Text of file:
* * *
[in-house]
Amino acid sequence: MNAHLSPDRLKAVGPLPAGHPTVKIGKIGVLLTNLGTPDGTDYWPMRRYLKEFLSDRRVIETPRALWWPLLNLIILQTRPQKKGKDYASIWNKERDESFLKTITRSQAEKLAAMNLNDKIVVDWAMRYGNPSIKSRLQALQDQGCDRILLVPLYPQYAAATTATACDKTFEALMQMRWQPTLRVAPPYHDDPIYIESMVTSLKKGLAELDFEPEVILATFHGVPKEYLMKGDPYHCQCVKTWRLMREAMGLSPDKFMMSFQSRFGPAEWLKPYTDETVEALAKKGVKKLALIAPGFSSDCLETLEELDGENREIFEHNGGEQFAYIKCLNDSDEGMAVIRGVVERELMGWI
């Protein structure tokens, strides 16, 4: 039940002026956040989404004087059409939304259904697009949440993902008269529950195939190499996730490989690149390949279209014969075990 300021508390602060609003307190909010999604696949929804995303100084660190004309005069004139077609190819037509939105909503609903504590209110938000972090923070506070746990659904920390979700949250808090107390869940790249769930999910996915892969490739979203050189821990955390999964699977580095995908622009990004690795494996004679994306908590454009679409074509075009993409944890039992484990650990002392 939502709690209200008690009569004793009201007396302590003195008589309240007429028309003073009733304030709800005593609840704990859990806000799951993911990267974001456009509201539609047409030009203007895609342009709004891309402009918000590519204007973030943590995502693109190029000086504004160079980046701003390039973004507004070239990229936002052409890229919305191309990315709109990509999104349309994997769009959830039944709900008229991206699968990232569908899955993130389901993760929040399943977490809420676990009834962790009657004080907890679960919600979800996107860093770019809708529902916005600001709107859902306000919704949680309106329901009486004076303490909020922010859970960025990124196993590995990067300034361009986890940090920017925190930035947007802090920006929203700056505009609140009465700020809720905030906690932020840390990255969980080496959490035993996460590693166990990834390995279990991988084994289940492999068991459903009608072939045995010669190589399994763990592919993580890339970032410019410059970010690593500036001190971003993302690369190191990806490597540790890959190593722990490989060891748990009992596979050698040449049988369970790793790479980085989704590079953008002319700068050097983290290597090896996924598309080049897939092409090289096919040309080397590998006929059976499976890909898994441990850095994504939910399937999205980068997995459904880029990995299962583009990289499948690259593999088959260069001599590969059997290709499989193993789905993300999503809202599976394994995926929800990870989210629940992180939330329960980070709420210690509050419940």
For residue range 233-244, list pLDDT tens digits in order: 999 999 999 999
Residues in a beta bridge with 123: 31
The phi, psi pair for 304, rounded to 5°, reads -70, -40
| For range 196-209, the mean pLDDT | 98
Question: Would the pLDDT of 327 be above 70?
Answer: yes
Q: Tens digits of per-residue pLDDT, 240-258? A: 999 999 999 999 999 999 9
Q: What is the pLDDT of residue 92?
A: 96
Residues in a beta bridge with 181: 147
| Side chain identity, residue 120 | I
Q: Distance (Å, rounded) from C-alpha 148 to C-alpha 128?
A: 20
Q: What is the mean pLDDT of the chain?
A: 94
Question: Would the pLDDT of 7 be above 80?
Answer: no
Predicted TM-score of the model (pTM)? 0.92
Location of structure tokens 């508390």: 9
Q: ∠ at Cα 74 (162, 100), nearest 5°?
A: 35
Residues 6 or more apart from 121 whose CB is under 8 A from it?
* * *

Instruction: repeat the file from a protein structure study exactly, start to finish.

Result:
[in-house]
Amino acid sequence: MNAHLSPDRLKAVGPLPAGHPTVKIGKIGVLLTNLGTPDGTDYWPMRRYLKEFLSDRRVIETPRALWWPLLNLIILQTRPQKKGKDYASIWNKERDESFLKTITRSQAEKLAAMNLNDKIVVDWAMRYGNPSIKSRLQALQDQGCDRILLVPLYPQYAAATTATACDKTFEALMQMRWQPTLRVAPPYHDDPIYIESMVTSLKKGLAELDFEPEVILATFHGVPKEYLMKGDPYHCQCVKTWRLMREAMGLSPDKFMMSFQSRFGPAEWLKPYTDETVEALAKKGVKKLALIAPGFSSDCLETLEELDGENREIFEHNGGEQFAYIKCLNDSDEGMAVIRGVVERELMGWI
């Protein structure tokens, strides 16, 4: 039940002026956040989404004087059409939304259904697009949440993902008269529950195939190499996730490989690149390949279209014969075990 300021508390602060609003307190909010999604696949929804995303100084660190004309005069004139077609190819037509939105909503609903504590209110938000972090923070506070746990659904920390979700949250808090107390869940790249769930999910996915892969490739979203050189821990955390999964699977580095995908622009990004690795494996004679994306908590454009679409074509075009993409944890039992484990650990002392 939502709690209200008690009569004793009201007396302590003195008589309240007429028309003073009733304030709800005593609840704990859990806000799951993911990267974001456009509201539609047409030009203007895609342009709004891309402009918000590519204007973030943590995502693109190029000086504004160079980046701003390039973004507004070239990229936002052409890229919305191309990315709109990509999104349309994997769009959830039944709900008229991206699968990232569908899955993130389901993760929040399943977490809420676990009834962790009657004080907890679960919600979800996107860093770019809708529902916005600001709107859902306000919704949680309106329901009486004076303490909020922010859970960025990124196993590995990067300034361009986890940090920017925190930035947007802090920006929203700056505009609140009465700020809720905030906690932020840390990255969980080496959490035993996460590693166990990834390995279990991988084994289940492999068991459903009608072939045995010669190589399994763990592919993580890339970032410019410059970010690593500036001190971003993302690369190191990806490597540790890959190593722990490989060891748990009992596979050698040449049988369970790793790479980085989704590079953008002319700068050097983290290597090896996924598309080049897939092409090289096919040309080397590998006929059976499976890909898994441990850095994504939910399937999205980068997995459904880029990995299962583009990289499948690259593999088959260069001599590969059997290709499989193993789905993300999503809202599976394994995926929800990870989210629940992180939330329960980070709420210690509050419940």
For residue range 233-244, list pLDDT tens digits in order: 999 999 999 999
Residues in a beta bridge with 123: 31
The phi, psi pair for 304, rounded to 5°, reads -70, -40
| For range 196-209, the mean pLDDT | 98
Question: Would the pLDDT of 327 be above 70?
Answer: yes
Q: Tens digits of per-residue pLDDT, 240-258? A: 999 999 999 999 999 999 9
Q: What is the pLDDT of residue 92?
A: 96
Residues in a beta bridge with 181: 147
| Side chain identity, residue 120 | I
Q: Distance (Å, rounded) from C-alpha 148 to C-alpha 128?
A: 20
Q: What is the mean pLDDT of the chain?
A: 94
Question: Would the pLDDT of 7 be above 80?
Answer: no
Predicted TM-score of the model (pTM)? 0.92
Location of structure tokens 């508390």: 9
Q: ∠ at Cα 74 (162, 100), nearest 5°?
A: 35
Residues 6 or more apart from 121 whose CB is under 8 A from it?